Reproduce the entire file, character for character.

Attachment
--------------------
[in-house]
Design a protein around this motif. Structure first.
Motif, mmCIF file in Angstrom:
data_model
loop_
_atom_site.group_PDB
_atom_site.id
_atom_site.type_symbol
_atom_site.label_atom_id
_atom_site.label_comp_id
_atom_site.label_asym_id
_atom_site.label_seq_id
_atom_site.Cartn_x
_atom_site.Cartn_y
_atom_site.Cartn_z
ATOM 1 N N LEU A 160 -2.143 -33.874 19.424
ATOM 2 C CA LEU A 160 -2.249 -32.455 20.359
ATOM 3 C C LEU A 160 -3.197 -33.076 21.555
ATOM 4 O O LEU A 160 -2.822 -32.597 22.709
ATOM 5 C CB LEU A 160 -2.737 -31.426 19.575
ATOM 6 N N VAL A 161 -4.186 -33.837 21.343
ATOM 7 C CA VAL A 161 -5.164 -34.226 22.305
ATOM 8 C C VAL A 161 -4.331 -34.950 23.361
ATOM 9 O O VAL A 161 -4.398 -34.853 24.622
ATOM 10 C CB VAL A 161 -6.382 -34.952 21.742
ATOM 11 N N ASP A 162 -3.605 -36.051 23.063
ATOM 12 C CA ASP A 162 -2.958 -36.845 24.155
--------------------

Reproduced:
[in-house]
Design a protein around this motif. Structure first.
Motif, mmCIF file in Angstrom:
data_model
loop_
_atom_site.group_PDB
_atom_site.id
_atom_site.type_symbol
_atom_site.label_atom_id
_atom_site.label_comp_id
_atom_site.label_asym_id
_atom_site.label_seq_id
_atom_site.Cartn_x
_atom_site.Cartn_y
_atom_site.Cartn_z
ATOM 1 N N LEU A 160 -2.143 -33.874 19.424
ATOM 2 C CA LEU A 160 -2.249 -32.455 20.359
ATOM 3 C C LEU A 160 -3.197 -33.076 21.555
ATOM 4 O O LEU A 160 -2.822 -32.597 22.709
ATOM 5 C CB LEU A 160 -2.737 -31.426 19.575
ATOM 6 N N VAL A 161 -4.186 -33.837 21.343
ATOM 7 C CA VAL A 161 -5.164 -34.226 22.305
ATOM 8 C C VAL A 161 -4.331 -34.950 23.361
ATOM 9 O O VAL A 161 -4.398 -34.853 24.622
ATOM 10 C CB VAL A 161 -6.382 -34.952 21.742
ATOM 11 N N ASP A 162 -3.605 -36.051 23.063
ATOM 12 C CA ASP A 162 -2.958 -36.845 24.155